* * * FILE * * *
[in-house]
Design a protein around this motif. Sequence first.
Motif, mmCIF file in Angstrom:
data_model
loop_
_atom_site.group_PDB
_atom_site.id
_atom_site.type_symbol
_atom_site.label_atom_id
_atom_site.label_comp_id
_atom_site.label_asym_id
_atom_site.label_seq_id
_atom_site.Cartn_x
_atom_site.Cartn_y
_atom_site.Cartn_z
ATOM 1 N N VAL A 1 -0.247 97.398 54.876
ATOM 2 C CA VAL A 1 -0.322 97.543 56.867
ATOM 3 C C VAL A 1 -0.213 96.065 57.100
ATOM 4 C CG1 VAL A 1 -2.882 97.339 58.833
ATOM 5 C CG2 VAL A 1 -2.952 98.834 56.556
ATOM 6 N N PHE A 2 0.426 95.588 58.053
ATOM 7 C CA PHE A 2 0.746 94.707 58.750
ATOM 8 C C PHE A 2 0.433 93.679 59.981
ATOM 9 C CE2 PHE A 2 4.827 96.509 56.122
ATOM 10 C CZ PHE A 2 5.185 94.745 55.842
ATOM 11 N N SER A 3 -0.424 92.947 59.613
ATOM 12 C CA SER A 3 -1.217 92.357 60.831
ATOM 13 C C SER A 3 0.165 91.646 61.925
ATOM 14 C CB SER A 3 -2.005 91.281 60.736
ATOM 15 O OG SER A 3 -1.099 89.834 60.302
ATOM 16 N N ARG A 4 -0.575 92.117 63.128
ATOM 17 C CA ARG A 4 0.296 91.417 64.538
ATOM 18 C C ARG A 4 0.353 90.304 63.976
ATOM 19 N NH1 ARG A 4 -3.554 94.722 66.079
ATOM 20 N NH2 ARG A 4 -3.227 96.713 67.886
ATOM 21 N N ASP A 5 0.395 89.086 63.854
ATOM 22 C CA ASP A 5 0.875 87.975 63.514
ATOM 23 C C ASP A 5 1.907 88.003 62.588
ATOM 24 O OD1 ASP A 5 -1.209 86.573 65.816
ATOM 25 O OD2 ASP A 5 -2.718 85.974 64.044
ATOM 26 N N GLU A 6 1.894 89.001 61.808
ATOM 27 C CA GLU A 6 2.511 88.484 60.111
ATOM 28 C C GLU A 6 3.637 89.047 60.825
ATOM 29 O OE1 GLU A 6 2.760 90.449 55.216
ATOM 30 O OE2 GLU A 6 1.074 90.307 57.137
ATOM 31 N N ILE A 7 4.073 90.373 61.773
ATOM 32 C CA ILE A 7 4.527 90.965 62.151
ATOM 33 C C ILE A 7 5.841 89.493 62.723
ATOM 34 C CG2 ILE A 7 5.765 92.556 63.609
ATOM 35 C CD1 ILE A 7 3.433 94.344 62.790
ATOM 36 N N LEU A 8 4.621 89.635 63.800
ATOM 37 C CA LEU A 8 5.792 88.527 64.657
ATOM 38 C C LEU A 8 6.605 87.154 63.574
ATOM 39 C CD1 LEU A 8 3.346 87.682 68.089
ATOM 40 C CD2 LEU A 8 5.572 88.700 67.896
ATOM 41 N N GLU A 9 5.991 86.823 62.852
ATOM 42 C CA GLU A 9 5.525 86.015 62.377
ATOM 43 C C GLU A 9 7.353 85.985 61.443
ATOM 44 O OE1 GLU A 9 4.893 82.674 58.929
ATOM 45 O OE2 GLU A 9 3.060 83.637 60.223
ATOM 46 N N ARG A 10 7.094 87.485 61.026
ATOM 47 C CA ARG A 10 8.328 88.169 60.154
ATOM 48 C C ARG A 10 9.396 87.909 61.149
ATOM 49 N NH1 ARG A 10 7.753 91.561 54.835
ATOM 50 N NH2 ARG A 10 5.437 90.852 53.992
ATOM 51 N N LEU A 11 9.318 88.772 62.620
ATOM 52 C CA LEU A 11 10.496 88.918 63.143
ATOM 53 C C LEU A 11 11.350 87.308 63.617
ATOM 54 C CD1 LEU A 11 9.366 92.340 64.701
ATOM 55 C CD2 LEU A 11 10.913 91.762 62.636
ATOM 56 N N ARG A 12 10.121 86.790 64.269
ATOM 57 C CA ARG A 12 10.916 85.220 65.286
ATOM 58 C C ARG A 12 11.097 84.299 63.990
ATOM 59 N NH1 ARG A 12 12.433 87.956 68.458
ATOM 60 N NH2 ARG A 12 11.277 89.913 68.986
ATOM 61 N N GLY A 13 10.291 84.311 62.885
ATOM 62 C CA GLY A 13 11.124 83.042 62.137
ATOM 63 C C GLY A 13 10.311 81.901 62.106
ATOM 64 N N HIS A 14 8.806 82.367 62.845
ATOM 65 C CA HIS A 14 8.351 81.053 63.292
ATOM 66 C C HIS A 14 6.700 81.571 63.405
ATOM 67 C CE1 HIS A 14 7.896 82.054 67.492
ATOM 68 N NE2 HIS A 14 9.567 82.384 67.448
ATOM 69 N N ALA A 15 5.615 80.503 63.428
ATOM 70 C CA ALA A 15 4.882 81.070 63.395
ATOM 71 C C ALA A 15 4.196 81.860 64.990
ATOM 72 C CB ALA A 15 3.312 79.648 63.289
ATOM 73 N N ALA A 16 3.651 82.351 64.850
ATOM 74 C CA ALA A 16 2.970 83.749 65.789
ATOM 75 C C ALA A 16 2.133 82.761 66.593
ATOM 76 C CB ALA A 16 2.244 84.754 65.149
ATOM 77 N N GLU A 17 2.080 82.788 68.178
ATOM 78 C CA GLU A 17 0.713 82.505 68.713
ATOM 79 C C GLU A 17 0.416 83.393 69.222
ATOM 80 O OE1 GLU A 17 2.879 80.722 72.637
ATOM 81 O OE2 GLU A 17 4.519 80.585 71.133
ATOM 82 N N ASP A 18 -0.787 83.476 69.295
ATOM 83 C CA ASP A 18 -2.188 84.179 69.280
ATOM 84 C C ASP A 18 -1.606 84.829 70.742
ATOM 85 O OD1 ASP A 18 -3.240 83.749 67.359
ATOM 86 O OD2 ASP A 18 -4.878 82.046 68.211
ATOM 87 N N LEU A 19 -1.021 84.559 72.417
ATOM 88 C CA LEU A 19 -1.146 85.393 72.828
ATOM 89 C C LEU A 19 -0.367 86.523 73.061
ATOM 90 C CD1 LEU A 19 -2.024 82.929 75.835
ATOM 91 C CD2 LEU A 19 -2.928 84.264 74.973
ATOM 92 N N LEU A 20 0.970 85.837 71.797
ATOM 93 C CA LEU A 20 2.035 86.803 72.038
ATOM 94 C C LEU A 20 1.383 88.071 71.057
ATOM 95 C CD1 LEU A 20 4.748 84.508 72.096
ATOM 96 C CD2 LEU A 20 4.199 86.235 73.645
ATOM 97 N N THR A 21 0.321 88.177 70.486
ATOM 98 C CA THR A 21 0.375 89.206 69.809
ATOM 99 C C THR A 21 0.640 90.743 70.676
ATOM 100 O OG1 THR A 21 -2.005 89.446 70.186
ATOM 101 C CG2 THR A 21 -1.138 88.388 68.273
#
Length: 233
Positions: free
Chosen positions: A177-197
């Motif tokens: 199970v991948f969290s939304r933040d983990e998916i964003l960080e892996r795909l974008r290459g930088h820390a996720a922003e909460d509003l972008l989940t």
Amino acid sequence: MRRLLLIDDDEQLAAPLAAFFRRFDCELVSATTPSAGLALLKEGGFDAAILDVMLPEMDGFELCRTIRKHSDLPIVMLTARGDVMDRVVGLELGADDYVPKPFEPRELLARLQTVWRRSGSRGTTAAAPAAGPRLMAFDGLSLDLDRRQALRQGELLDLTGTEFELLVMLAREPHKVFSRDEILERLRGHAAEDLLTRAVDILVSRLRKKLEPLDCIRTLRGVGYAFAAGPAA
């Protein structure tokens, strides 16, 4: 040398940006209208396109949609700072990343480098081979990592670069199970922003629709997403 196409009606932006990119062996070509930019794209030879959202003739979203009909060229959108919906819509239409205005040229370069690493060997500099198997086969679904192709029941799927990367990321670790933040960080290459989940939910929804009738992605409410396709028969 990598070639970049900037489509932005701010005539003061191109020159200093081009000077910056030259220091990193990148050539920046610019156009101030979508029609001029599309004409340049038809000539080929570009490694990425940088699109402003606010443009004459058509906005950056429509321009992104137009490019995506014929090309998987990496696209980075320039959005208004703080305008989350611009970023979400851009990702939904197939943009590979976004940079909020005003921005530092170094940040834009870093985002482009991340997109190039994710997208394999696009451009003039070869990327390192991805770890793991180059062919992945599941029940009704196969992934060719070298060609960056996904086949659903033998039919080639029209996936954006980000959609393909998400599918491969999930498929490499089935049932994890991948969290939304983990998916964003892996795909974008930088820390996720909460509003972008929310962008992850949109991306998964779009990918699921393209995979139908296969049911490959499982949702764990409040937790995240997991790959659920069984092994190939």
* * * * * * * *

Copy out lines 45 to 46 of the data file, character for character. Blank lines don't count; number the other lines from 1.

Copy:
ATOM 30 O OE2 GLU A 6 1.074 90.307 57.137
ATOM 31 N N ILE A 7 4.073 90.373 61.773